Kalnajs (1972) has computed the dynamical friction force in an artificial but exactly soluble galaxy model consisting of a uniformly rotating sheet of stars. This is the only analytic model in which the collective effects due to the self-gravity of the disc stars can be included. Kalnajs finds that collective effects modify the disc response so that there is no dynamical friction. (Tremaine & Weinberg 1984, p. 730).

As more N-body studies were published in the early 1980s it became increasingly clear that collective (feedback) responses were as important in determining the friction as the summed effects of individual star-satellite interactions (e.g., White 1983).

The paper of Tremaine and Weinberg (1984, henceforth TW) presented a new analytic approach to dynamical friction which was capable of capturing global responses, and overcame many of these difficulties. Chandrasekhar's formula derives from direct integrations over all two-body (star-satellite) interactions. TW's approach was a perturbation analysis of the Poisson and Hamilton equations for a star moving in the galaxy potential, with the additional perturbing potential due to the satellite. Only after the stellar accelerations were computed in the perturbation approximation were the integrations over all stars carried out. The two approaches were shown to yield the same result for the infinite, homogeneous medium, but the perturbation analysis can be carried out in the spherically symmetric case as well. Specifically, TW applied the analysis to the case where the perturbing potential was a weak bar component, and derived the "LBK torque formula" (after Lynden-Bell & Kalnajs 1972) for the "frictional" torque exerted on the bar. Though this formula and the procedure from which it is derived are very complex, no logarithmic divergences result from this approach.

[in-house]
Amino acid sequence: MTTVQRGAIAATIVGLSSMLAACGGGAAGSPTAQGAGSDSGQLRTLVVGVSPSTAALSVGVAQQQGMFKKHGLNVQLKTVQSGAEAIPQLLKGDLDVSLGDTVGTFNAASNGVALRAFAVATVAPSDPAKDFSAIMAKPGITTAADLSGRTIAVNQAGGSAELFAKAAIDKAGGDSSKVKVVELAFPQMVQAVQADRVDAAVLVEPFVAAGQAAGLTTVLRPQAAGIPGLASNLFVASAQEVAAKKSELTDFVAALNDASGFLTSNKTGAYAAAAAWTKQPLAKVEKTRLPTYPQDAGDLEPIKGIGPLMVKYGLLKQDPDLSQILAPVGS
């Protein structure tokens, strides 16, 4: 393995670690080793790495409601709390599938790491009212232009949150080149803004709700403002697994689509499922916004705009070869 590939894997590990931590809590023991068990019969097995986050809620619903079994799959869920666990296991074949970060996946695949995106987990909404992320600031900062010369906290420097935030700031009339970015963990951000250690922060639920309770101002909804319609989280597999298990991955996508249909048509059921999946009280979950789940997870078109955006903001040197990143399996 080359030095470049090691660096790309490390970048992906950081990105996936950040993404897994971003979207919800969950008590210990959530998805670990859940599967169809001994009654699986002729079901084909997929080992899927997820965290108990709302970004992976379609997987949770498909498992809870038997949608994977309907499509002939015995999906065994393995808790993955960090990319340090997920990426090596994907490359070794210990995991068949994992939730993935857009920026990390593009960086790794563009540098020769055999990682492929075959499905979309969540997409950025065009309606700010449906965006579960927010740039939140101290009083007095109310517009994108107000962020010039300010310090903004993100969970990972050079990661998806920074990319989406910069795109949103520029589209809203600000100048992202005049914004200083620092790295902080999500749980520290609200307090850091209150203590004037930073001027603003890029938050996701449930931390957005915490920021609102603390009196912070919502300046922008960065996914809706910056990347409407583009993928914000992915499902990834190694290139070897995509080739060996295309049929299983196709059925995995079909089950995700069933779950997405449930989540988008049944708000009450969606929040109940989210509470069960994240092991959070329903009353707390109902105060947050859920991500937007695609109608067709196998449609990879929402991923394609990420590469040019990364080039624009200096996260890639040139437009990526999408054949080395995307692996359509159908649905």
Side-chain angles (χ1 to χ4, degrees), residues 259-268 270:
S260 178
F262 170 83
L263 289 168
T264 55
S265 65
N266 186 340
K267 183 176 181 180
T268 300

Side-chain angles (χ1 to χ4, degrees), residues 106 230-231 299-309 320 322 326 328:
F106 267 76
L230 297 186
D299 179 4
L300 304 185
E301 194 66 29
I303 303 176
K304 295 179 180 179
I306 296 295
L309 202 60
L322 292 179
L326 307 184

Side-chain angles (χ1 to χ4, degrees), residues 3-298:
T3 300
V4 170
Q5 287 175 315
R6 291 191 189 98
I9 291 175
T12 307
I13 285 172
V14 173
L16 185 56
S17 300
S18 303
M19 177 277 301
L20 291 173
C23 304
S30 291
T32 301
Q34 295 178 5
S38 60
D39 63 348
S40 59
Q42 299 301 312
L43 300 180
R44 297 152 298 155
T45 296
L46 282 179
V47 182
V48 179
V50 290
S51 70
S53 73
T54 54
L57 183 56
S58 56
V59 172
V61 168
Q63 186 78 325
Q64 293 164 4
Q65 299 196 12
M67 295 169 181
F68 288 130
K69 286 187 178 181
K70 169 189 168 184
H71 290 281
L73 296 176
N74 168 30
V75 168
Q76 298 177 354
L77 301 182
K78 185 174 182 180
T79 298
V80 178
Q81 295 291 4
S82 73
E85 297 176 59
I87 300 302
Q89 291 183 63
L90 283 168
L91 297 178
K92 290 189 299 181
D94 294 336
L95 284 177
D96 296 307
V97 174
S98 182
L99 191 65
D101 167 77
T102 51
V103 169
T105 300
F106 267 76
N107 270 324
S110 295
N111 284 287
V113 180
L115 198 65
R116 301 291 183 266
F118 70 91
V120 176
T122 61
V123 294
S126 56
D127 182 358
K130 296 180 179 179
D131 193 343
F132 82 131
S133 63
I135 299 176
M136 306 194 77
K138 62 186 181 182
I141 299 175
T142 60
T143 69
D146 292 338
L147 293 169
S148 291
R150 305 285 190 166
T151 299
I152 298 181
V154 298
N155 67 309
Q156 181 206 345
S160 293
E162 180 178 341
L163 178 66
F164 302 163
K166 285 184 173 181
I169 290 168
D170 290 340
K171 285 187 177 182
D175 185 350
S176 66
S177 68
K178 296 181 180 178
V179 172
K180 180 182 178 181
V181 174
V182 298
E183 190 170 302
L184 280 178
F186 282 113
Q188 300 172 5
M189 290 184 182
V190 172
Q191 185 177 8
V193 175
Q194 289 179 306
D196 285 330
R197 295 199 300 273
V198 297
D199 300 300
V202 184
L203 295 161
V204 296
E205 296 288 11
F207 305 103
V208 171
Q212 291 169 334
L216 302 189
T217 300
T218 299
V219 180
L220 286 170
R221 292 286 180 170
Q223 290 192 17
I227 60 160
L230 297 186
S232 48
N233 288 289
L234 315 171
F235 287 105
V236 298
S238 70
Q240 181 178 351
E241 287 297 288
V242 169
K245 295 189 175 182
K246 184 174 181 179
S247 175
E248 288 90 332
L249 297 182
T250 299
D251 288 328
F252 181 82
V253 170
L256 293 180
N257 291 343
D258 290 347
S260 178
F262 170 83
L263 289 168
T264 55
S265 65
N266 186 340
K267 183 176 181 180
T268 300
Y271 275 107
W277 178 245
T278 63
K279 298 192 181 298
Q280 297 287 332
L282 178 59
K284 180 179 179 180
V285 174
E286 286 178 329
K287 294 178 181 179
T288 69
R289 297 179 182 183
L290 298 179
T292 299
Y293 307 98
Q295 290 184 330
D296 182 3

At the conclusion of this calculation, TW note two important effects that were not included: strong or resonant interactions, and the continuous change in the motion of the bar or satellite. The resonances are generally transient, and TW were able to calculate their effects in a representative case. They found that the resonant interactions dominate the acceleration, but that in the case of fast resonances the LBK formula is correct. In the case of slow resonances, reversible torques operate, and the LBK and Chandrasekhar formulae are not applicable. Resonant interactions also provide a way for friction to operate even when the satellite is located outside the galaxy. In the end TW provide theoretical resolutions to all the problems of the Chandrasekhar formula, and equally importantly, clarify when it is applicable.

Weinberg (1986, 1989) followed up this work with examples of explicit perturbation calcutions of the wake structure and frictional drag on satellites in circular orbit about spherically symmetric primary galaxies. The second paper, in particular, calculated the self-gravitational response of the galaxy to the satellite wake in a specific case. Weinberg found that in this case the orbital decay time was increased by a factor of 2-3, primarily due to the barycentric motion. This motion is a global effect, which induces a counterwake in the primary galaxy. This effect provides a clear illustration of why the approximation that dynamical friction cannot depend only on the local density within a rigid galaxy.